Automating iLO config and OneView setup for HPE servers

We have quite a few Blade Enclosures with BL460c server blades in them and have been happy with those. For managing these we are primarly using HPE OneView and in some cases the Onboard Administrator (OA).

Our latest batch of new hardware however was DL360 and DL380 rack servers. These will also be managed by OneView primarly, but initially we need to do some iLO config on each server which in the case of blades are done by the OA. They will also have to be added to OneView manually while the blades would be brought in automatically from the chassis. With lots of new servers to configure this is a tedious process, and there are risk for errors and inconsistency when doing it manually.

To the rescue comes the APIs provided by HPE and our favourite tool, Powershell. ...  continue reading

Running Grafana on the Red Hat Openshift Container Platform

Last year we started building our own solution for Performance Monitoring of our Infrastructure platform with the focus on the VMware vSphere environment. The components used for this solution is PowerCLI for extracting the metrics, InfluxDB for storing the metrics, and Grafana for presenting the metrics.

I did a Blog series on this project which explains in detail what we did when building the solution.

The solution has been very well received and are used daily by many of my colleagues, and we frequently update the solution with new metrics and dashboards. ...  continue reading

Import-SpbmStoragePolicy error – Object reference not set to an instance of an object

In a previous post I’ve talked about issues in the StoragePolicy and Tag cmdlets in PowerCLI. I found a workaround by ignoring certificate warnings and setting my date format to en-US.

Today I tried to replicate some Storage Policies from one vCenter to another and I found that I got new errors…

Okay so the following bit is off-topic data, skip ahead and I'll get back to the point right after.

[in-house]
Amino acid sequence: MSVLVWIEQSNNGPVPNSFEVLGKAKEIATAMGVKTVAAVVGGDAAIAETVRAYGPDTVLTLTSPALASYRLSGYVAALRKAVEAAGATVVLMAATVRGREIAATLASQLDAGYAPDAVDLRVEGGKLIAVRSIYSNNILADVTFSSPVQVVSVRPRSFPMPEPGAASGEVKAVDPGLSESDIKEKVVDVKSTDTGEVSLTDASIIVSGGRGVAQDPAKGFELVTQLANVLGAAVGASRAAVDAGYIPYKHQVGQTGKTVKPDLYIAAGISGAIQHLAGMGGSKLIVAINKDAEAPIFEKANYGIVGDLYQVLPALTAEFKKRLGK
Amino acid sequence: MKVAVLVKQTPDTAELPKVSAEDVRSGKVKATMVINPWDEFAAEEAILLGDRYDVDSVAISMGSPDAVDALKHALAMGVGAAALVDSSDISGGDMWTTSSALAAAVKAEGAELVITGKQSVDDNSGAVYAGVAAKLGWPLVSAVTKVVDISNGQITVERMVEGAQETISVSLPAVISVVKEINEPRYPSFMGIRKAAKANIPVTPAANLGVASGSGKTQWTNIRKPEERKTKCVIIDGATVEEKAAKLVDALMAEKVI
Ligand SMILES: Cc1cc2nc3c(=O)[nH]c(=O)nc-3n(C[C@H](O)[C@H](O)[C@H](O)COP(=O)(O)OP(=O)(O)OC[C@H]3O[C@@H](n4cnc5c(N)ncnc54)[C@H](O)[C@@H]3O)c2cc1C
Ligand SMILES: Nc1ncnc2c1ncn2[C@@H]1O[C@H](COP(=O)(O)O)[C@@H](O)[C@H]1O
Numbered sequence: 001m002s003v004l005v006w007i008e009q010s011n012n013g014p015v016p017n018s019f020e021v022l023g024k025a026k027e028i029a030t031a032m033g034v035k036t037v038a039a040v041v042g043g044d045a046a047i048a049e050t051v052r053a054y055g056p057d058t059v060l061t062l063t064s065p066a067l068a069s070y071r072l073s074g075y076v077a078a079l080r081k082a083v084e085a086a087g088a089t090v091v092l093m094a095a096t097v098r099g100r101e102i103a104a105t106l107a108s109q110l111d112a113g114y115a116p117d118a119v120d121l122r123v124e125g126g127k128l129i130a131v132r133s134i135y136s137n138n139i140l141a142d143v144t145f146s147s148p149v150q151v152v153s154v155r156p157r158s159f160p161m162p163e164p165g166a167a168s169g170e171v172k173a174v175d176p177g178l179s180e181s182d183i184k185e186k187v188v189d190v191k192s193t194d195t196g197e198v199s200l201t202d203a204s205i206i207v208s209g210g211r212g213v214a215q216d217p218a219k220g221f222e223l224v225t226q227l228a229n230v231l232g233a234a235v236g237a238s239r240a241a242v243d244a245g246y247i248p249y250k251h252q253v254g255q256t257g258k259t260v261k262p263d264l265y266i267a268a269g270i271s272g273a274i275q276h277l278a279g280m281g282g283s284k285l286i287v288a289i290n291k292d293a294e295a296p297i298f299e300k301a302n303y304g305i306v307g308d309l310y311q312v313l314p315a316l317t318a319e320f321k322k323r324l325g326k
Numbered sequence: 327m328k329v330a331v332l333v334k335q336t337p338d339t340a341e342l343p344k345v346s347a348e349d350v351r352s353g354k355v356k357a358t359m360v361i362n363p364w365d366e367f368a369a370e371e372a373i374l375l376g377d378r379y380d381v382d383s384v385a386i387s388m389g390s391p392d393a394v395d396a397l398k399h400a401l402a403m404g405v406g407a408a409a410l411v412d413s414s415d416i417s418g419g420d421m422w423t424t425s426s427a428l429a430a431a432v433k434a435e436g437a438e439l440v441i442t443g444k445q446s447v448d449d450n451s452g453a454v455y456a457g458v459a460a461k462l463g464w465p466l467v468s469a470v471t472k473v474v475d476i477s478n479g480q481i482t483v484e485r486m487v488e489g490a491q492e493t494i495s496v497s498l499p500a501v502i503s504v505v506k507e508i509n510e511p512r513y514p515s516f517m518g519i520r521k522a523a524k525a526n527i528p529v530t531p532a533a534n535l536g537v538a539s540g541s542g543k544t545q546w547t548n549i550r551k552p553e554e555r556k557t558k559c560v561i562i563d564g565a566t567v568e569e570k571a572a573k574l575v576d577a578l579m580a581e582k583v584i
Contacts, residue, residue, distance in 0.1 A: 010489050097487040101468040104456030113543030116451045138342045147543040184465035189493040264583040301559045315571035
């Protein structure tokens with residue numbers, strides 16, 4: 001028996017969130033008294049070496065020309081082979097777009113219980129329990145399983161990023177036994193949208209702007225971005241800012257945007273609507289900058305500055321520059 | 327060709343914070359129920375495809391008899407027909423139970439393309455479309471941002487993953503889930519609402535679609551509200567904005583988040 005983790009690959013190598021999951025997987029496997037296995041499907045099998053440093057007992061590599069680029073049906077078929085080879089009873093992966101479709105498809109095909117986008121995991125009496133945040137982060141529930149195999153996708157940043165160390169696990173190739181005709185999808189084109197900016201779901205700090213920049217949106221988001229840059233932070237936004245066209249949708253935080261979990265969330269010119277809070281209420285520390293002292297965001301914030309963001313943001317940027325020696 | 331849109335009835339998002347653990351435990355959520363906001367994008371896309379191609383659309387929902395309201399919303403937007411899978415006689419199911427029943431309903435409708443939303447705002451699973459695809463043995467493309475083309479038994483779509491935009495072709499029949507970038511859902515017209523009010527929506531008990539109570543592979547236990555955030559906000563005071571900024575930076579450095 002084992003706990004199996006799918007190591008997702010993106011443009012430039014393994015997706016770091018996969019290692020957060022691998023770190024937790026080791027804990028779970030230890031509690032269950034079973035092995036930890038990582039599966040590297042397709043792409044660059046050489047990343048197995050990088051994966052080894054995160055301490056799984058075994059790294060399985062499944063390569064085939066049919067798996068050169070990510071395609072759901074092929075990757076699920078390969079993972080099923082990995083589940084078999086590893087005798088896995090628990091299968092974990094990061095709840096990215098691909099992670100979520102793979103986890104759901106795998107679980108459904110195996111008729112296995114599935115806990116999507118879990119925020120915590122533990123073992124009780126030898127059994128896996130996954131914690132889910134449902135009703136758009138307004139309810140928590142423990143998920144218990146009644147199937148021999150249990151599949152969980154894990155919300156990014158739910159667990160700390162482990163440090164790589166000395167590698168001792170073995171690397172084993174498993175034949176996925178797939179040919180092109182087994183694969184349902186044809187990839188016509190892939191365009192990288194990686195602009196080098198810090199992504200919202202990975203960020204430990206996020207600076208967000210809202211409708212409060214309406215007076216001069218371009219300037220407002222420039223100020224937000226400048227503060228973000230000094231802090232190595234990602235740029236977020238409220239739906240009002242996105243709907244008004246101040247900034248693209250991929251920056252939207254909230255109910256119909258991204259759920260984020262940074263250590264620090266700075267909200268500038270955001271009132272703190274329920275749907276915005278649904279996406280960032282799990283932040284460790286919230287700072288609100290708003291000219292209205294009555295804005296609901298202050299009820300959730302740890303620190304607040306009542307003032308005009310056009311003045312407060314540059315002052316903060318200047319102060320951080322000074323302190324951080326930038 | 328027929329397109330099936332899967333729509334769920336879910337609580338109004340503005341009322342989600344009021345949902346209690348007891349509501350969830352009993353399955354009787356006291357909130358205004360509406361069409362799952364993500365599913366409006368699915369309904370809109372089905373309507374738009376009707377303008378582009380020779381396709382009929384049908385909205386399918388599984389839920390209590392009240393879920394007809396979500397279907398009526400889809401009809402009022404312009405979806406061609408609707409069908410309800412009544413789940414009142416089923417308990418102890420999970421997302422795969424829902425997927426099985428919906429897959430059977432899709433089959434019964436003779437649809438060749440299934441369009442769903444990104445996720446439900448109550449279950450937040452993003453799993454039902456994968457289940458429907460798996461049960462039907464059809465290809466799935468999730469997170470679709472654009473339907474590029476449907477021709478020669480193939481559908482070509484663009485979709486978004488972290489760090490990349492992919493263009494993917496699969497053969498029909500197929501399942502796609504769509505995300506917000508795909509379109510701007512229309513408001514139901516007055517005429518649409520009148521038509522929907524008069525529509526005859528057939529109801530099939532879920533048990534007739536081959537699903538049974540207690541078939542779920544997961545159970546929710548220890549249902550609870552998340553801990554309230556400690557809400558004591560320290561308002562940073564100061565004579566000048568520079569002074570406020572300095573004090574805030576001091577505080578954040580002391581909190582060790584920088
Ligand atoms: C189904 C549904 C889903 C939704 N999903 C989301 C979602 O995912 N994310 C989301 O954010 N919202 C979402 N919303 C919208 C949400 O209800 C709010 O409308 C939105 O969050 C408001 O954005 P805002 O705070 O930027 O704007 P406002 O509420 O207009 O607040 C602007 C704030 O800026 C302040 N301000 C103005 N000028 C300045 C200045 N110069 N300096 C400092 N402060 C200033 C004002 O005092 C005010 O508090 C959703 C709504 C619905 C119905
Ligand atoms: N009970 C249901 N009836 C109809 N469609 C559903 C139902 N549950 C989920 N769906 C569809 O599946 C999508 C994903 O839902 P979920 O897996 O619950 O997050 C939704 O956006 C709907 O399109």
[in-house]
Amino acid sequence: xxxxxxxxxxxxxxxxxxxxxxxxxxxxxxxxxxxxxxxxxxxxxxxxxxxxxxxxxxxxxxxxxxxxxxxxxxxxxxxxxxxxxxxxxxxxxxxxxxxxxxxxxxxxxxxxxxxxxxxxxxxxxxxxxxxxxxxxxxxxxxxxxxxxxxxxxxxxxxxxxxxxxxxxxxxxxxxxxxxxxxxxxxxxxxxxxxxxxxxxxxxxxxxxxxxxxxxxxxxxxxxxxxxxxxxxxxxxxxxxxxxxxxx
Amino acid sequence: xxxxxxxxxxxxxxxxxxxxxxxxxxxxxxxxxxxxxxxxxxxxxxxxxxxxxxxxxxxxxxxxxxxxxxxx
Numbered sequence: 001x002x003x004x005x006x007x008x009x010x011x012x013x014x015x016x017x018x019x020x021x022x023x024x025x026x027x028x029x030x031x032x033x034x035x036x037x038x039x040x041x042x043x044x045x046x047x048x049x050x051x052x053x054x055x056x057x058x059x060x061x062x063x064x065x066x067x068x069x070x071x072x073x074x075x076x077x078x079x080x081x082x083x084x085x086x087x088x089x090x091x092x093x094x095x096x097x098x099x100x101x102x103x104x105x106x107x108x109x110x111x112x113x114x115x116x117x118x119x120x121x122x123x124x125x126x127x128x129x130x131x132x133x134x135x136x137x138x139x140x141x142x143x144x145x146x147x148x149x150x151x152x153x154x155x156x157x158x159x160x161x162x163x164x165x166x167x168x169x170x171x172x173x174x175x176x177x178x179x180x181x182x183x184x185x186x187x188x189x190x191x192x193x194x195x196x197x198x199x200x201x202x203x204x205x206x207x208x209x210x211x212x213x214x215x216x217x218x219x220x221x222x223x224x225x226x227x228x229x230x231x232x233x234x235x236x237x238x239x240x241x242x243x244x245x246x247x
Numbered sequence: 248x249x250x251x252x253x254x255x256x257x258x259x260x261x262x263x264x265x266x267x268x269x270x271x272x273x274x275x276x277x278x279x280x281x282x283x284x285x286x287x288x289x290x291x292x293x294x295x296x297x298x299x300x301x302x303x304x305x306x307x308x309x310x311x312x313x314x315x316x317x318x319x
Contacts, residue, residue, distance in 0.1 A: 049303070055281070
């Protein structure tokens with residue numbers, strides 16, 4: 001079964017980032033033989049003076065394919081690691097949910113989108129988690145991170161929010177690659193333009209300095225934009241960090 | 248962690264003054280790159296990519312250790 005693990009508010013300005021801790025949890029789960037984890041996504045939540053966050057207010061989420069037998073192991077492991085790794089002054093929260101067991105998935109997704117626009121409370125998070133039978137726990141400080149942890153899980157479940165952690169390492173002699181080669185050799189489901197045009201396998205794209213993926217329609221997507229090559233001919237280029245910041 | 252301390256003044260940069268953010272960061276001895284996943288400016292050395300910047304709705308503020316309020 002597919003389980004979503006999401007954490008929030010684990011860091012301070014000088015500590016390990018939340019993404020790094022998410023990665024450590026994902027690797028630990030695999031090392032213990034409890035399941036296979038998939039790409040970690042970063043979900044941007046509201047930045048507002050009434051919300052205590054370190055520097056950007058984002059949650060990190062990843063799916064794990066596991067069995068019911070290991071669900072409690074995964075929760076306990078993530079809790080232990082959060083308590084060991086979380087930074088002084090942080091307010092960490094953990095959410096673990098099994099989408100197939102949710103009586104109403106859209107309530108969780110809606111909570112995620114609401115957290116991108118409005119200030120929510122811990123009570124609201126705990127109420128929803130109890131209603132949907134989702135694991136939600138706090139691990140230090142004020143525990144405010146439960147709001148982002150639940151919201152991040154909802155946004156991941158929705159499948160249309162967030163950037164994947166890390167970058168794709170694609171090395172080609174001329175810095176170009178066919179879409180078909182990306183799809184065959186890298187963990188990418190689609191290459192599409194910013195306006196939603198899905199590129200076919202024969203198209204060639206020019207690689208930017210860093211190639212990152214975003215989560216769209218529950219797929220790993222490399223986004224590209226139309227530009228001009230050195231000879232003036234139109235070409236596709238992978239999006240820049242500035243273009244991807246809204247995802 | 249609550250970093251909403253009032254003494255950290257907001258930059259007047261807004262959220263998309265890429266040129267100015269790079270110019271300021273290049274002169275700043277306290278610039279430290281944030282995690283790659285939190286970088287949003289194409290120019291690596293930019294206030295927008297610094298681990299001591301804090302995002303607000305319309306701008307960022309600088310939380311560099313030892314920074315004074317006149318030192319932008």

I can export the policies without issues, but when I try to Import the policy to the new vCenter I get the following error: “Object reference not set to an instance of an object”. Update 2018-04-06: VMware has confirmed the issue and stated it will be fixed in PowerCLI 10.1 ...  continue reading

Creating a Powershell module as an API wrapper

We all love today’s modern web with lots of API’s available, both for retrieving information from various sources, gaining additional insights and for transform and enrich your data. Most API’s today are RESTFUL, meaning that they should follow the REST principles. REST is not a standard, it’s more a guideline for how to design your API.

With the REST guidelines in place many API’s share the same or similar structure and with that it gets easier to work with API’s as you can make use of the same techniques. If you’re familiar with Windows Powershell this is one of the easiest ways of exploring an API.

This was also the reason why my good colleague Martin Ehrnst and I decided to do a talk on using Powershell and API’s on the Nordic Infrastructure Conference (NIC) in Oslo this year. The slides and demos from that session, Invoke-{your}RestMethod will available here shortly. ...  continue reading